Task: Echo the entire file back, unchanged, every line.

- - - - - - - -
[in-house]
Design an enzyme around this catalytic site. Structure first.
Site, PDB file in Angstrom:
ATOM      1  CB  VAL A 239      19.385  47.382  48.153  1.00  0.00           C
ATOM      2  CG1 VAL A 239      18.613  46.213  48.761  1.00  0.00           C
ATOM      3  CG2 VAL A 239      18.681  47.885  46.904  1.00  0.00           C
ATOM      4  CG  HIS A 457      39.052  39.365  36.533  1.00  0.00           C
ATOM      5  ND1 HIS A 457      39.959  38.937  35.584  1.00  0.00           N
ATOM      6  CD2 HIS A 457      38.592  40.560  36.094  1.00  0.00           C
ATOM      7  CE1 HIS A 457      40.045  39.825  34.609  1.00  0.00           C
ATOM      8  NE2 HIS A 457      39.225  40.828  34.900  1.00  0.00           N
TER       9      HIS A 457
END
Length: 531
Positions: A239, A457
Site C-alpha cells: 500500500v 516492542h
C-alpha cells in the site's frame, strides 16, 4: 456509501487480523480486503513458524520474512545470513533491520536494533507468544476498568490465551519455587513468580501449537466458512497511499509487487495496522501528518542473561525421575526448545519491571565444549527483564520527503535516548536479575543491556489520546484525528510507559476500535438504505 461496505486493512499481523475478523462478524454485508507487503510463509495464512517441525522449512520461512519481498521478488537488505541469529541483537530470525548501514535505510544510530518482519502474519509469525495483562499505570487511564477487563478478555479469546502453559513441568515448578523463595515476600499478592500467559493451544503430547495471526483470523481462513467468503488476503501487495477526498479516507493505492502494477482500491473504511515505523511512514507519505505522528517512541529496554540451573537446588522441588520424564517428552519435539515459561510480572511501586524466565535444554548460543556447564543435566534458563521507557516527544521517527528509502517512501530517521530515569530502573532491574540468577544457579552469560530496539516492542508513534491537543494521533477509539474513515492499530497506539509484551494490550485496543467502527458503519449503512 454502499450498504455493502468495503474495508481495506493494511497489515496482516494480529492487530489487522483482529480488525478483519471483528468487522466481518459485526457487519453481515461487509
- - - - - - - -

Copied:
[in-house]
Design an enzyme around this catalytic site. Structure first.
Site, PDB file in Angstrom:
ATOM      1  CB  VAL A 239      19.385  47.382  48.153  1.00  0.00           C
ATOM      2  CG1 VAL A 239      18.613  46.213  48.761  1.00  0.00           C
ATOM      3  CG2 VAL A 239      18.681  47.885  46.904  1.00  0.00           C
ATOM      4  CG  HIS A 457      39.052  39.365  36.533  1.00  0.00           C
ATOM      5  ND1 HIS A 457      39.959  38.937  35.584  1.00  0.00           N
ATOM      6  CD2 HIS A 457      38.592  40.560  36.094  1.00  0.00           C
ATOM      7  CE1 HIS A 457      40.045  39.825  34.609  1.00  0.00           C
ATOM      8  NE2 HIS A 457      39.225  40.828  34.900  1.00  0.00           N
TER       9      HIS A 457
END
Length: 531
Positions: A239, A457
Site C-alpha cells: 500500500v 516492542h
C-alpha cells in the site's frame, strides 16, 4: 456509501487480523480486503513458524520474512545470513533491520536494533507468544476498568490465551519455587513468580501449537466458512497511499509487487495496522501528518542473561525421575526448545519491571565444549527483564520527503535516548536479575543491556489520546484525528510507559476500535438504505 461496505486493512499481523475478523462478524454485508507487503510463509495464512517441525522449512520461512519481498521478488537488505541469529541483537530470525548501514535505510544510530518482519502474519509469525495483562499505570487511564477487563478478555479469546502453559513441568515448578523463595515476600499478592500467559493451544503430547495471526483470523481462513467468503488476503501487495477526498479516507493505492502494477482500491473504511515505523511512514507519505505522528517512541529496554540451573537446588522441588520424564517428552519435539515459561510480572511501586524466565535444554548460543556447564543435566534458563521507557516527544521517527528509502517512501530517521530515569530502573532491574540468577544457579552469560530496539516492542508513534491537543494521533477509539474513515492499530497506539509484551494490550485496543467502527458503519449503512 454502499450498504455493502468495503474495508481495506493494511497489515496482516494480529492487530489487522483482529480488525478483519471483528468487522466481518459485526457487519453481515461487509